Fern by Fiona Flack

Fern by Fiona Flack


This carving in riven slate by Fiona Flack, celebrates the word ‘Fern’, and was created as part of our exhibition ‘The Lost Words - Forget-me-not.’ For this exhibition artists have created a permanent record of the natural words removed from the Oxford Junior Dictionary. Size: 19 x 40cm


A flowerless plant which has feathery or leafy fronds and reproduces by spores released from the undersides of the fronds. Ferns have a vascular system for the transport of water and nutrients.

Class Filicopsida, division Pteridophyta

ORIGIN: Old English fearn, of West Germanic Origin; related to Dutch varen and German Farn.

I was saddened to find out that so many words from the natural world were being removed from the Oxford Junior Dictionary. When so many environmental issues are being highlighted every day we should be increasing a child's vocabulary and understanding of the natural world, not reducing it. So I was keen to take part in this exhibition, to carve these words in stone so that they will never be forgotten. FERNS have been around for up to 350 million years, one of the first plants to live on land and help make oxygen. We owe a lot to the humble fern! It reminds me of holidays and innocent times, playing in the woods and now watching my own children building dens in the forest among the carpet of ferns and bracken in the Scottish highlands.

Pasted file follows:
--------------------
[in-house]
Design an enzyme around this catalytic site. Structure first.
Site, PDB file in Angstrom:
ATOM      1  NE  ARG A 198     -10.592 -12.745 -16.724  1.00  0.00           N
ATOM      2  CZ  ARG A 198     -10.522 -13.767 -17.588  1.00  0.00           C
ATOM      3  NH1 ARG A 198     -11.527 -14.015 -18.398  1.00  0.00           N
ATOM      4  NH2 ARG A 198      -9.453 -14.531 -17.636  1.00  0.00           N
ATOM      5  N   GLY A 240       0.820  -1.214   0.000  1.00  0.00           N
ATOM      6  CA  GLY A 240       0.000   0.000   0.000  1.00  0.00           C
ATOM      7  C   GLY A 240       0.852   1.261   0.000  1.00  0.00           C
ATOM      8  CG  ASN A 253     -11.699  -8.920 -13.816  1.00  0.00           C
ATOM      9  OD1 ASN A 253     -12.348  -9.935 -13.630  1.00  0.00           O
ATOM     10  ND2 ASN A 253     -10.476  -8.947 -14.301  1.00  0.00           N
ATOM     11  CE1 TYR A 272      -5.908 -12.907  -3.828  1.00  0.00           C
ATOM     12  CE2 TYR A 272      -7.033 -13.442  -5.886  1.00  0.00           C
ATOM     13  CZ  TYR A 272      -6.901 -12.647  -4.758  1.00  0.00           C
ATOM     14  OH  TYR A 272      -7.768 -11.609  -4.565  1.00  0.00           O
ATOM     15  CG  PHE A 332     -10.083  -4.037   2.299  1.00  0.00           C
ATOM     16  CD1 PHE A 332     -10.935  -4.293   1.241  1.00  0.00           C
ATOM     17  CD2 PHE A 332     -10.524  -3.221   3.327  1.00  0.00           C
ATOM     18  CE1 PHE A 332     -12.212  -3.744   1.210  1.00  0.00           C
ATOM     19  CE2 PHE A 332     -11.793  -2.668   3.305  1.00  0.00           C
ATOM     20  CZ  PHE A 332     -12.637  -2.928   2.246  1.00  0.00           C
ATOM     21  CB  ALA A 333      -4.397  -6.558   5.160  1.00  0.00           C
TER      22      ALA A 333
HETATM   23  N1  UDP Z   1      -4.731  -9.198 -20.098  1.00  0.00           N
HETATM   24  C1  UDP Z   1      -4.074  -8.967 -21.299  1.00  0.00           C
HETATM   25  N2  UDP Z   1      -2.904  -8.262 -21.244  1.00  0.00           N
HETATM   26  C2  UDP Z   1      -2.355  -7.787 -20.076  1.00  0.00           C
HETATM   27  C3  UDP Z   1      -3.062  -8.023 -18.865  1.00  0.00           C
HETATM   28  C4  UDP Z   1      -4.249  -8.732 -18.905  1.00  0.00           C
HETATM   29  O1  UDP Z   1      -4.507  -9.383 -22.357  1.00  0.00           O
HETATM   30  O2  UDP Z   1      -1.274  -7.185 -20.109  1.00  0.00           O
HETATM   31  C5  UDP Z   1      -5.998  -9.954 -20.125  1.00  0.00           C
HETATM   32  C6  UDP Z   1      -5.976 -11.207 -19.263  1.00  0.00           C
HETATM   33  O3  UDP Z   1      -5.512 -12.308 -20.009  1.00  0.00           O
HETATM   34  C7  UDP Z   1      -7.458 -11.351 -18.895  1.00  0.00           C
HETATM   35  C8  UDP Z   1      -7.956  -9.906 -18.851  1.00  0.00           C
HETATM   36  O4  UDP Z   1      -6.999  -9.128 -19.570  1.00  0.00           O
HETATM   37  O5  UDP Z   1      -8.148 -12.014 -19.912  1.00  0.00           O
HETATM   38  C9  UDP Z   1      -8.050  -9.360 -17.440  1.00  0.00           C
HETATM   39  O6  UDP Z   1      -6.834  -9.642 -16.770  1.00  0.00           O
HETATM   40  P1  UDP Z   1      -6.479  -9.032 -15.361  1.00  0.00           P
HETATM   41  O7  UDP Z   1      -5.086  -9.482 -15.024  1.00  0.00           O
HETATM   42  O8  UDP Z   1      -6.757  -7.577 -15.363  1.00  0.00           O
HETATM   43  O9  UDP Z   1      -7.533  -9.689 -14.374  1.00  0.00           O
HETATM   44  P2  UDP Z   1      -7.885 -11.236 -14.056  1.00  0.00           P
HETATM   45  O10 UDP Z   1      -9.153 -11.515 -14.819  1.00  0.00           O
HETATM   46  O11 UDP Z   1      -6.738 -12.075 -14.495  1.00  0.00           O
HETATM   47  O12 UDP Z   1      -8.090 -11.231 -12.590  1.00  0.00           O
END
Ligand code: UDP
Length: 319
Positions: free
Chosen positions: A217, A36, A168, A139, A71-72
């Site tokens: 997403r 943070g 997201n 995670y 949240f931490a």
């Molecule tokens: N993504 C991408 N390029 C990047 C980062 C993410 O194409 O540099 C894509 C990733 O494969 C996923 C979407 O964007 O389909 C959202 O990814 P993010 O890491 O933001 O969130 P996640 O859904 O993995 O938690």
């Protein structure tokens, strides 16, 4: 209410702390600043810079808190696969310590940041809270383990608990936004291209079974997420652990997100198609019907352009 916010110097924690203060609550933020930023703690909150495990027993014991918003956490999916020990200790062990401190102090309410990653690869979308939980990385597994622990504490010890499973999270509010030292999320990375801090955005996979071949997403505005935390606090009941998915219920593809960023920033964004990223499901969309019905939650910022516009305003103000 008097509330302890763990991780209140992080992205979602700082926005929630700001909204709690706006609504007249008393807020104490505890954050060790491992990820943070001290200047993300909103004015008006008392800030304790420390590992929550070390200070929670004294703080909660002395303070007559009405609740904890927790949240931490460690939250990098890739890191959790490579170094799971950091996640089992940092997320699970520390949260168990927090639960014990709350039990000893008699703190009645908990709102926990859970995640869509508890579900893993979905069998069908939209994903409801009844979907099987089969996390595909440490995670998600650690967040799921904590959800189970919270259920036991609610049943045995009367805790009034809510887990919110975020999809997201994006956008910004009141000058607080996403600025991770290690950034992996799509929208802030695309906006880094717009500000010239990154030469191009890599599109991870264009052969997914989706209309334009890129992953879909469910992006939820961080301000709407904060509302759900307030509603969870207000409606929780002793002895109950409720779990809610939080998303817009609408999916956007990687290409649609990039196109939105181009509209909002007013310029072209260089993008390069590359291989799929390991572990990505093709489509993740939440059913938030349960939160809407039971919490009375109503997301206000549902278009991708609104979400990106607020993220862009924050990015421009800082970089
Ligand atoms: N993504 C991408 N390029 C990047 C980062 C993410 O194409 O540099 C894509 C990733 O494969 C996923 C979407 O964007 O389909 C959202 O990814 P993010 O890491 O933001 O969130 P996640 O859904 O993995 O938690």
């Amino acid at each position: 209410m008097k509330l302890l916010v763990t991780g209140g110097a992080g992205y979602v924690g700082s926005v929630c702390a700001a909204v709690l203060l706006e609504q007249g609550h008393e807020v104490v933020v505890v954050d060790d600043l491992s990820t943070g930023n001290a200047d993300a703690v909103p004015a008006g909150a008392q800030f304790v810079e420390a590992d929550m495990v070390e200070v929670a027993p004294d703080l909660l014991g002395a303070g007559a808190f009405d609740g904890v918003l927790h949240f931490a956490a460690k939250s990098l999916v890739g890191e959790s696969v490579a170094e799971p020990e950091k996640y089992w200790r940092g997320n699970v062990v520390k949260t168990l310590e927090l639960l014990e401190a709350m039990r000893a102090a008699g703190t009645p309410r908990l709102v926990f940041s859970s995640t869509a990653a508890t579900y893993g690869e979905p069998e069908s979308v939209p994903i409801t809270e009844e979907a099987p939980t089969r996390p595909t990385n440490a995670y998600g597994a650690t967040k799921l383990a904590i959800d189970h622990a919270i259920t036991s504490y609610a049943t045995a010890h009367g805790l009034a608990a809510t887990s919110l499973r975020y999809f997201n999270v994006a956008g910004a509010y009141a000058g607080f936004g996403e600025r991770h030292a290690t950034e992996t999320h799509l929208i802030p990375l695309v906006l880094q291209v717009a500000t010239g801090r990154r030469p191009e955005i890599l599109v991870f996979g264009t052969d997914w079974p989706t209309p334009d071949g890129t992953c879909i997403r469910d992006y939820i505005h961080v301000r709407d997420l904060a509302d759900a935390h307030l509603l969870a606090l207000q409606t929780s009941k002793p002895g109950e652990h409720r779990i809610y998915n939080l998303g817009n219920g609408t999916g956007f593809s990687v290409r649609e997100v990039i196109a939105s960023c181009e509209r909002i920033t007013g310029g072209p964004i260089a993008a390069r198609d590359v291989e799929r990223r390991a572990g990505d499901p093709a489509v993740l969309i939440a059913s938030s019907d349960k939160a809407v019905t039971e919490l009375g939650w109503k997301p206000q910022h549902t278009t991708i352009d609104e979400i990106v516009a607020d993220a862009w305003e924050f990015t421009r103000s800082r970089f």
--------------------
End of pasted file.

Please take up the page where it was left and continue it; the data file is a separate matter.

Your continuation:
I have always loved foliage plants. The fern has to be my favourite. It has something of a magical and poetic quality. Often used as background plants in the garden, their particular beauty gets overlooked. To me the fern is a forgotten hero.

The inspiration for my piece came while I was on a family holiday. A display at The Forest of Dean Heritage Centre caught my eye; it housed a small fern fossil. This seemed like the perfect way to express the fern’s longevity. The material that I have chosen to use is riven slate. I wanted my piece to look as if it had just been split open, revealing the fern within for the first time. The lettering is uncurling like the unfurling fronds of a fern.

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